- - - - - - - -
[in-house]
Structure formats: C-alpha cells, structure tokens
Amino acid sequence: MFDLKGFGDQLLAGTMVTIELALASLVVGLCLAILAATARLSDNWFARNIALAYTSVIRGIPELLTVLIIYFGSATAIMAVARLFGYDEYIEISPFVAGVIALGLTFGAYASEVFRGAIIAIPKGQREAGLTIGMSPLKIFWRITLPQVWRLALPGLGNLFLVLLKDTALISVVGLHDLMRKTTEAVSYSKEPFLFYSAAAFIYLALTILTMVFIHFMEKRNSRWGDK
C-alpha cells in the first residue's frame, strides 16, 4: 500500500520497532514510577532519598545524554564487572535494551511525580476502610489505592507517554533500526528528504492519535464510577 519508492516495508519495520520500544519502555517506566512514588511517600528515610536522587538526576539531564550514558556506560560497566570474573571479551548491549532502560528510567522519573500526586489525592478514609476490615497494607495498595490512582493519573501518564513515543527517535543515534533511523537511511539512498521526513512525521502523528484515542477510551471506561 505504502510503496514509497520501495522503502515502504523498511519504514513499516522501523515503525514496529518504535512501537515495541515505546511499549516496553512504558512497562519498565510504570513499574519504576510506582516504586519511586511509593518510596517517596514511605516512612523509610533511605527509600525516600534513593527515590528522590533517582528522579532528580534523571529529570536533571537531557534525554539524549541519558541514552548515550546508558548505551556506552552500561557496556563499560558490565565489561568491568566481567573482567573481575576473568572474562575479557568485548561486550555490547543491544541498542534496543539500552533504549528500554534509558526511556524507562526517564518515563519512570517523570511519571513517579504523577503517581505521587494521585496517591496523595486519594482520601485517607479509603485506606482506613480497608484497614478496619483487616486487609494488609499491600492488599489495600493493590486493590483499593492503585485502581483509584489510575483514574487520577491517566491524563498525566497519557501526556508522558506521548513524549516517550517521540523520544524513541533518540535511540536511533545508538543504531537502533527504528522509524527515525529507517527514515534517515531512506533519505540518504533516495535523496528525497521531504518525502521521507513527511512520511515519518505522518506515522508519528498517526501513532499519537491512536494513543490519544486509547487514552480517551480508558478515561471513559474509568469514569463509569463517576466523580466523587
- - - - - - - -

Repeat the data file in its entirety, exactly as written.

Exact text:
[in-house]
Structure formats: C-alpha cells, structure tokens
Amino acid sequence: MFDLKGFGDQLLAGTMVTIELALASLVVGLCLAILAATARLSDNWFARNIALAYTSVIRGIPELLTVLIIYFGSATAIMAVARLFGYDEYIEISPFVAGVIALGLTFGAYASEVFRGAIIAIPKGQREAGLTIGMSPLKIFWRITLPQVWRLALPGLGNLFLVLLKDTALISVVGLHDLMRKTTEAVSYSKEPFLFYSAAAFIYLALTILTMVFIHFMEKRNSRWGDK
C-alpha cells in the first residue's frame, strides 16, 4: 500500500520497532514510577532519598545524554564487572535494551511525580476502610489505592507517554533500526528528504492519535464510577 519508492516495508519495520520500544519502555517506566512514588511517600528515610536522587538526576539531564550514558556506560560497566570474573571479551548491549532502560528510567522519573500526586489525592478514609476490615497494607495498595490512582493519573501518564513515543527517535543515534533511523537511511539512498521526513512525521502523528484515542477510551471506561 505504502510503496514509497520501495522503502515502504523498511519504514513499516522501523515503525514496529518504535512501537515495541515505546511499549516496553512504558512497562519498565510504570513499574519504576510506582516504586519511586511509593518510596517517596514511605516512612523509610533511605527509600525516600534513593527515590528522590533517582528522579532528580534523571529529570536533571537531557534525554539524549541519558541514552548515550546508558548505551556506552552500561557496556563499560558490565565489561568491568566481567573482567573481575576473568572474562575479557568485548561486550555490547543491544541498542534496543539500552533504549528500554534509558526511556524507562526517564518515563519512570517523570511519571513517579504523577503517581505521587494521585496517591496523595486519594482520601485517607479509603485506606482506613480497608484497614478496619483487616486487609494488609499491600492488599489495600493493590486493590483499593492503585485502581483509584489510575483514574487520577491517566491524563498525566497519557501526556508522558506521548513524549516517550517521540523520544524513541533518540535511540536511533545508538543504531537502533527504528522509524527515525529507517527514515534517515531512506533519505540518504533516495535523496528525497521531504518525502521521507513527511512520511515519518505522518506515522508519528498517526501513532499519537491512536494513543490519544486509547487514552480517551480508558478515561471513559474509568469514569463509569463517576466523580466523587